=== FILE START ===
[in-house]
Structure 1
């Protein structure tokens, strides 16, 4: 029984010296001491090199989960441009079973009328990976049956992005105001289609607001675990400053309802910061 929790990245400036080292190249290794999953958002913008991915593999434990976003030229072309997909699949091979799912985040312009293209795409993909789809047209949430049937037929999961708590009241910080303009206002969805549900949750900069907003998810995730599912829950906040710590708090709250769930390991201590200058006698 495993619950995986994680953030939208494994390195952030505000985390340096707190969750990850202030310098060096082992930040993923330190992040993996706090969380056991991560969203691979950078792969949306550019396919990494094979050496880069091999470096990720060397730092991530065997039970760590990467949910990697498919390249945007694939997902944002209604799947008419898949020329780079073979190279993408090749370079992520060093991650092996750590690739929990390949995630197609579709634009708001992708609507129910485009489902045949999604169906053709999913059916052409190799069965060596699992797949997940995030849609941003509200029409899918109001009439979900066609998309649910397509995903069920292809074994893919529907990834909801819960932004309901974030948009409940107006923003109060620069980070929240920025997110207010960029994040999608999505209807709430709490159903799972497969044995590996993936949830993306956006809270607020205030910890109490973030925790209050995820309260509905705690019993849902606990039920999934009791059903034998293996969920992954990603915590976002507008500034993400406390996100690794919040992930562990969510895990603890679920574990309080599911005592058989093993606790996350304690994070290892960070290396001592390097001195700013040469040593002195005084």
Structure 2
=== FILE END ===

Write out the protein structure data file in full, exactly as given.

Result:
[in-house]
Structure 1
């Protein structure tokens, strides 16, 4: 029984010296001491090199989960441009079973009328990976049956992005105001289609607001675990400053309802910061 929790990245400036080292190249290794999953958002913008991915593999434990976003030229072309997909699949091979799912985040312009293209795409993909789809047209949430049937037929999961708590009241910080303009206002969805549900949750900069907003998810995730599912829950906040710590708090709250769930390991201590200058006698 495993619950995986994680953030939208494994390195952030505000985390340096707190969750990850202030310098060096082992930040993923330190992040993996706090969380056991991560969203691979950078792969949306550019396919990494094979050496880069091999470096990720060397730092991530065997039970760590990467949910990697498919390249945007694939997902944002209604799947008419898949020329780079073979190279993408090749370079992520060093991650092996750590690739929990390949995630197609579709634009708001992708609507129910485009489902045949999604169906053709999913059916052409190799069965060596699992797949997940995030849609941003509200029409899918109001009439979900066609998309649910397509995903069920292809074994893919529907990834909801819960932004309901974030948009409940107006923003109060620069980070929240920025997110207010960029994040999608999505209807709430709490159903799972497969044995590996993936949830993306956006809270607020205030910890109490973030925790209050995820309260509905705690019993849902606990039920999934009791059903034998293996969920992954990603915590976002507008500034993400406390996100690794919040992930562990969510895990603890679920574990309080599911005592058989093993606790996350304690994070290892960070290396001592390097001195700013040469040593002195005084």
Structure 2